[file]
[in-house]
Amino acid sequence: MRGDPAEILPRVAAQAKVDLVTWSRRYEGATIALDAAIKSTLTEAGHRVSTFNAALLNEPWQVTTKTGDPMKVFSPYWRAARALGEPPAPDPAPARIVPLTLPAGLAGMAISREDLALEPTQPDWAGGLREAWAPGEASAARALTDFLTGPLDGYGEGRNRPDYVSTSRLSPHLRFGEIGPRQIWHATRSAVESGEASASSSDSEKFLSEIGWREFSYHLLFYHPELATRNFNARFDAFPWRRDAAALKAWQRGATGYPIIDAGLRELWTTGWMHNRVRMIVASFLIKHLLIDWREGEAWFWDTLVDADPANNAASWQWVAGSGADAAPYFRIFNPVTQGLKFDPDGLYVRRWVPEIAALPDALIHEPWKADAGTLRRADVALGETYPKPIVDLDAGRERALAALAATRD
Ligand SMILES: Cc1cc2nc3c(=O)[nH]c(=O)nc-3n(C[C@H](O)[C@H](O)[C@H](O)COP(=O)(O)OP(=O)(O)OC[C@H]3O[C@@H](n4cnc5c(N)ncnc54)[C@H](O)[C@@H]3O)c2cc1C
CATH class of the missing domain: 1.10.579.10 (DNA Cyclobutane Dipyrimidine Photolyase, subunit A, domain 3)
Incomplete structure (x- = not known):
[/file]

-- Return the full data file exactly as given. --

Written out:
[in-house]
Amino acid sequence: MRGDPAEILPRVAAQAKVDLVTWSRRYEGATIALDAAIKSTLTEAGHRVSTFNAALLNEPWQVTTKTGDPMKVFSPYWRAARALGEPPAPDPAPARIVPLTLPAGLAGMAISREDLALEPTQPDWAGGLREAWAPGEASAARALTDFLTGPLDGYGEGRNRPDYVSTSRLSPHLRFGEIGPRQIWHATRSAVESGEASASSSDSEKFLSEIGWREFSYHLLFYHPELATRNFNARFDAFPWRRDAAALKAWQRGATGYPIIDAGLRELWTTGWMHNRVRMIVASFLIKHLLIDWREGEAWFWDTLVDADPANNAASWQWVAGSGADAAPYFRIFNPVTQGLKFDPDGLYVRRWVPEIAALPDALIHEPWKADAGTLRRADVALGETYPKPIVDLDAGRERALAALAATRD
Ligand SMILES: Cc1cc2nc3c(=O)[nH]c(=O)nc-3n(C[C@H](O)[C@H](O)[C@H](O)COP(=O)(O)OP(=O)(O)OC[C@H]3O[C@@H](n4cnc5c(N)ncnc54)[C@H](O)[C@@H]3O)c2cc1C
CATH class of the missing domain: 1.10.579.10 (DNA Cyclobutane Dipyrimidine Photolyase, subunit A, domain 3)
Incomplete structure (x- = not known):